Day Home Registry
Day Home Registry is your answer for all of your day home searching needs!
Being a parent is busy enough. The mission of the Day Home Registry is to make being a parent a little easier.
Faye and Jon Holt (Day Home Registry owners)
This application provides a registry and social platform to connect day homes with each other and with their customers.
- day home - a centre providing care for children. These can be licensed or unclicensed and have different certifications and avilability.
Past team members
All team members coordinate using Pivotal Tracker. It lists all the stories, tasks, bugs, and releases associated with our project in the order in which they should be completed. If you don’t have access to Pivotal Tracker or aren’t sure how to use it, contact Jon.
Day by day, developers should be signing in to Pivotal to find out what the team expects them to work on. If you don’t own any story and have nothing to work on then just start work on the next story listed in Pivotal. If you’re not sure about the next story, or need help deciding what to start next then send an email to the team. Please don’t wait for us to reach out to you if you’ve got nothing to do.
When you start work on a new story, first fetch the latest copy of the project repo from GitHub and then create a new git branch for your work. As you work, commit to the branch as much as necessary and freely push your branch up to GitHub. If your branch exists for more than a day, or as it gets out of sync with the master branch please merge master into your story branch.
Once you’re satisfied that you’ve completed your code push your branch to GitHub. Navigate to the project repo, open your branch and then click the “Pull Request” button. Add any comments you need to explain your change and complete the pull request. The team will be emailed and someone will review your pull request. If they’re satisfied with your changes they can merge your branch into master, otherwise please use the GitHub pull interface to comment and update the branch until the reviewer is satisfied.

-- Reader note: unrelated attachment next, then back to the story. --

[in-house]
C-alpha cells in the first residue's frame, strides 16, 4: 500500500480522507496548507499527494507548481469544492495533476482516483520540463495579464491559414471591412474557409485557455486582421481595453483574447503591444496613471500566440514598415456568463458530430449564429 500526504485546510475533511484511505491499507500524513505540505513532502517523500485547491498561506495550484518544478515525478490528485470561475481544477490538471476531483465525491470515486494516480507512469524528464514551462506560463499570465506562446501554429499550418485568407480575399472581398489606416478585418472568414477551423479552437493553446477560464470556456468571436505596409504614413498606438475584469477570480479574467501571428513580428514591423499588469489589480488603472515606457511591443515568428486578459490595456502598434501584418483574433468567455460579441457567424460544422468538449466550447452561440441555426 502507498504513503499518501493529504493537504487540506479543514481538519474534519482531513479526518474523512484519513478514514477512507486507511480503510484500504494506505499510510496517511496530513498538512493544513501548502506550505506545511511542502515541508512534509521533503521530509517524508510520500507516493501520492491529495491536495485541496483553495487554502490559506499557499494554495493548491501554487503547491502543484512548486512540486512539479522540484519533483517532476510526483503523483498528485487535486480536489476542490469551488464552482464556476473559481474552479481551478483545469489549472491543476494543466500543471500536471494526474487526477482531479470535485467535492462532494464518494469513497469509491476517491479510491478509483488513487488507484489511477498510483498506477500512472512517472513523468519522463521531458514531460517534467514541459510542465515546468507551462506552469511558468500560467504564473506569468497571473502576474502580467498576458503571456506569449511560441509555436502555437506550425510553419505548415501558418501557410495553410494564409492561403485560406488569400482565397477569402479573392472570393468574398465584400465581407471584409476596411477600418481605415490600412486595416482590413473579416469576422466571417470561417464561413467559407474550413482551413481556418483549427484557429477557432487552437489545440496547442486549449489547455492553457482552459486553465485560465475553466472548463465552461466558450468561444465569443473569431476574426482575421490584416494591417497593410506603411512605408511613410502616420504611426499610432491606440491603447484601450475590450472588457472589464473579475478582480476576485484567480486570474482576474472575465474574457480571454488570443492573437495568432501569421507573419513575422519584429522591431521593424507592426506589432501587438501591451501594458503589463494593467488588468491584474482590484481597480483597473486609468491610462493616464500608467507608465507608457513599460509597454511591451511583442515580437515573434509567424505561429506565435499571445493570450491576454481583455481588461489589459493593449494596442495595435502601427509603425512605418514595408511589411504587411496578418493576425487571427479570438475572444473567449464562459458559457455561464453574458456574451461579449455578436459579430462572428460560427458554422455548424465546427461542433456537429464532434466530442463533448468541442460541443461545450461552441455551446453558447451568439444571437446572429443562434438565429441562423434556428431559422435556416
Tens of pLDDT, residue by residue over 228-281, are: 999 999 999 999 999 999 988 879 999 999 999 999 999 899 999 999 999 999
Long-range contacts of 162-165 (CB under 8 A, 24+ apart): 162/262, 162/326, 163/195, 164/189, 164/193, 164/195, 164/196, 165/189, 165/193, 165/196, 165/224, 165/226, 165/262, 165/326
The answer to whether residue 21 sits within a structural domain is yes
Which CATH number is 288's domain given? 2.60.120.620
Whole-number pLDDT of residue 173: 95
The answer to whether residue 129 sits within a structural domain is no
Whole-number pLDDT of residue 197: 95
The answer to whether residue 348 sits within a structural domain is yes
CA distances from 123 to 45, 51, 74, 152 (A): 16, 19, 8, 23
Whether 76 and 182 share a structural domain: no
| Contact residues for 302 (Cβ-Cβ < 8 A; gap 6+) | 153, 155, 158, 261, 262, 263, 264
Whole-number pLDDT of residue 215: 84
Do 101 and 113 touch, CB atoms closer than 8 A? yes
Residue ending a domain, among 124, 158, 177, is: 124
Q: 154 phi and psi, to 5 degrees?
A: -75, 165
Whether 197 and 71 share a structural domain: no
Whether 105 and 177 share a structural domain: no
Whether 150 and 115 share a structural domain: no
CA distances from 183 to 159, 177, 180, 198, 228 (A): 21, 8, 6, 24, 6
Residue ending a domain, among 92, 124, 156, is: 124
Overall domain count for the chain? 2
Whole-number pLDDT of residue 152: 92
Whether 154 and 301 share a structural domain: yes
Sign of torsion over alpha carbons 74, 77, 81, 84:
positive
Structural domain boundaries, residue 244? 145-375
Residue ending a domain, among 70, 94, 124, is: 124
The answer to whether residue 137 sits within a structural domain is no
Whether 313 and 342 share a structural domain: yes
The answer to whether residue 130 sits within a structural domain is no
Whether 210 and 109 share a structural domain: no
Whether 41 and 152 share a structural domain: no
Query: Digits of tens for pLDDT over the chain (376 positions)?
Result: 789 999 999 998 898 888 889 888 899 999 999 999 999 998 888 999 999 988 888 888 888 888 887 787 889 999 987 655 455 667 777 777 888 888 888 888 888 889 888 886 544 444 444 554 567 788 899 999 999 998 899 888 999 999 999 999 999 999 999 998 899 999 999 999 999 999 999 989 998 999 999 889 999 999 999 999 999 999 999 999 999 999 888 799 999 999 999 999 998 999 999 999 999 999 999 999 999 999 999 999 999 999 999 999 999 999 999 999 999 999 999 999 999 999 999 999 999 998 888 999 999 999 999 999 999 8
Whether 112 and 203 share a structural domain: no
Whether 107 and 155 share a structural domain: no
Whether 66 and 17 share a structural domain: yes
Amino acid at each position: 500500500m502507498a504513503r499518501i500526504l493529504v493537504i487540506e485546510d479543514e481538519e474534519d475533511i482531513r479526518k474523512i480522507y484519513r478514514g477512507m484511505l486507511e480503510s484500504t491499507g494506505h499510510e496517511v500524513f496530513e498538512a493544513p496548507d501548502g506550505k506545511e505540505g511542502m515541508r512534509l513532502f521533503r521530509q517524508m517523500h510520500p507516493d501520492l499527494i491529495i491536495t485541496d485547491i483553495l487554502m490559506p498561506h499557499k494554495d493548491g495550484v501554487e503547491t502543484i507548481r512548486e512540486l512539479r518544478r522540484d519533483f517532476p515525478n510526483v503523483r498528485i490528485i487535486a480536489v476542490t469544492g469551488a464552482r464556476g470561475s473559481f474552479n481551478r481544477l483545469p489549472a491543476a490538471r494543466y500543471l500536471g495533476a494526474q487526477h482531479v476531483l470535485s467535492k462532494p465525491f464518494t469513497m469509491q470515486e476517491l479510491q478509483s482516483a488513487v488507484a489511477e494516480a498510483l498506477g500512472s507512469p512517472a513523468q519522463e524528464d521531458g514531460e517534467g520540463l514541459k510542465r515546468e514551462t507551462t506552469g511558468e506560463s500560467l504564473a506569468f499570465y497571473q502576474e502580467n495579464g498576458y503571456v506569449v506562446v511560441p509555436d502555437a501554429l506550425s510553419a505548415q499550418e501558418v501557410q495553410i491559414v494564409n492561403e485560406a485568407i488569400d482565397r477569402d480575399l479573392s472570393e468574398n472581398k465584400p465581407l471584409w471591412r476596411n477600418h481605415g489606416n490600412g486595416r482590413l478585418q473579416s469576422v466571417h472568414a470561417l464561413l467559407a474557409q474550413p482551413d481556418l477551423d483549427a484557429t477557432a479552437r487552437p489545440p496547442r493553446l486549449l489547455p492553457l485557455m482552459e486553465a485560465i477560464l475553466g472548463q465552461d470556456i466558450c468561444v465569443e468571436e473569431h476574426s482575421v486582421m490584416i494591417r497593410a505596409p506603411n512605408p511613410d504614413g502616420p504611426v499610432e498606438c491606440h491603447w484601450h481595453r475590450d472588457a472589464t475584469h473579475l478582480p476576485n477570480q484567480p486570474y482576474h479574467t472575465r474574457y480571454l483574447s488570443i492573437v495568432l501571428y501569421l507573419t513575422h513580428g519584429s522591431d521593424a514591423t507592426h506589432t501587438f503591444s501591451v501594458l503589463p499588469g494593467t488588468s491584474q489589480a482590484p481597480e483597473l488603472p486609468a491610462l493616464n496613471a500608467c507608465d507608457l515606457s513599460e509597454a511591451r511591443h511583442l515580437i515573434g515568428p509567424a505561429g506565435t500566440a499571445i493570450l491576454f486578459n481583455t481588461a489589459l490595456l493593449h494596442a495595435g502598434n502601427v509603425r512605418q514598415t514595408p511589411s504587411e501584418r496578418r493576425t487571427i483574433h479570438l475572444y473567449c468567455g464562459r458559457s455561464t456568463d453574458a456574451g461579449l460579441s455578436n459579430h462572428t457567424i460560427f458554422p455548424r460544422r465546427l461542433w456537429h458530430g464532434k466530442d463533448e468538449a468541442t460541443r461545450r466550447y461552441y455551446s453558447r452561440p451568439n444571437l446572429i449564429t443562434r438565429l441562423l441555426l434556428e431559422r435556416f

TIP: If you’re reviewing a pull request, you can use the tabs at the top of the pull request to view the comments, commits, and change summary. You’ll probably want to start with the comments and change summary.
Once the pull request is merged into master, the continuous integration server will automatically run the tests and email the team if anything goes wrong. Assuming everything is working the integration server will deploy your code to the staging server automatically ready for demo to the rest of the team. The integration server will tweet the team to let them know the code has been deployed.
After the change has been merged and the pull request closed, please mark your story as finished and delivered. Well demo the story to the product owner at the next team demo and they’ll either accept it or reject it. Accepted stories will be deployed to production on a schedule set by the client.
To summarize each state transition:
- start - this means you've cut a branch and begun work on a story
- finish - this menas your code has been pushed to a branch on GitHub and a pull request has been merged. If it's finished it can be immediately deployed to staging
- deliver - this story has been deployed to staging and is ready for review
- accept - this story has been reviewed on staging and is clear for production deployment
- reject - this story in not accepted and more work needs to be done before it can be deployed to production
Before you can run Dayhomes in development, you need to install and be running the following on your system: